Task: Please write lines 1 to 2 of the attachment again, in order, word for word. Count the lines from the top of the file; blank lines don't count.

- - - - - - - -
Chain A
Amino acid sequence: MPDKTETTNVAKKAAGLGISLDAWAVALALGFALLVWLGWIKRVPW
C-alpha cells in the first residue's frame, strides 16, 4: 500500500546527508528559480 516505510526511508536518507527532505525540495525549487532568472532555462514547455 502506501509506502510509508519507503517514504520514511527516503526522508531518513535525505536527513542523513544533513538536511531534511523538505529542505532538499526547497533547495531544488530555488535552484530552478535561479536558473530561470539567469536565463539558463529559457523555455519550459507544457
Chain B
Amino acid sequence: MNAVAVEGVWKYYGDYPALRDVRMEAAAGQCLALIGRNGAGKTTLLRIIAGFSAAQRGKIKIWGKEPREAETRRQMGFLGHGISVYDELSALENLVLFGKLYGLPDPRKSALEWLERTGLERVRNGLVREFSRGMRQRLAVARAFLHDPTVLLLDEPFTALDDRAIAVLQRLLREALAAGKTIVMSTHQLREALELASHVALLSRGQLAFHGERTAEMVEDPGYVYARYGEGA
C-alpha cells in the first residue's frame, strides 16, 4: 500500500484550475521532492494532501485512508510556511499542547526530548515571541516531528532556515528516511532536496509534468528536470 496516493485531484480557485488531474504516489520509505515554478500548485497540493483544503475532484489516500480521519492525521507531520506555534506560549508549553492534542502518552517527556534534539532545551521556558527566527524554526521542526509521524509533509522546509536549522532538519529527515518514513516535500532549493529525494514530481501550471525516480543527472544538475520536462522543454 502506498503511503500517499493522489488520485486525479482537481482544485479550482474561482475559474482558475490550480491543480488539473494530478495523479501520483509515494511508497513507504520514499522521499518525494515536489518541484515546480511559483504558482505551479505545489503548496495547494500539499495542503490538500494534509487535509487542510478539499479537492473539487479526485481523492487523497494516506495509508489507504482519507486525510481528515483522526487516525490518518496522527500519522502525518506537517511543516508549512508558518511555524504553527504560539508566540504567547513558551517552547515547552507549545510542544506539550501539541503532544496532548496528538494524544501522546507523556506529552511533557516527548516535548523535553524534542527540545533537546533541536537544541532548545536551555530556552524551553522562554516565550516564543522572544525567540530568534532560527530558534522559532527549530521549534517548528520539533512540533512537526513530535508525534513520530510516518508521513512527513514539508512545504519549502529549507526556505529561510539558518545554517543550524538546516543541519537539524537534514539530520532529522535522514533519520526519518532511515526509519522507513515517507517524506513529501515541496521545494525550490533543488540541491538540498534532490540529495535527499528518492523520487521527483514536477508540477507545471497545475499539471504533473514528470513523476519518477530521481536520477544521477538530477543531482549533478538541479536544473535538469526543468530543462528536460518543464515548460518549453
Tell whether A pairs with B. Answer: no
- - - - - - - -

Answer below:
Chain A
Amino acid sequence: MPDKTETTNVAKKAAGLGISLDAWAVALALGFALLVWLGWIKRVPW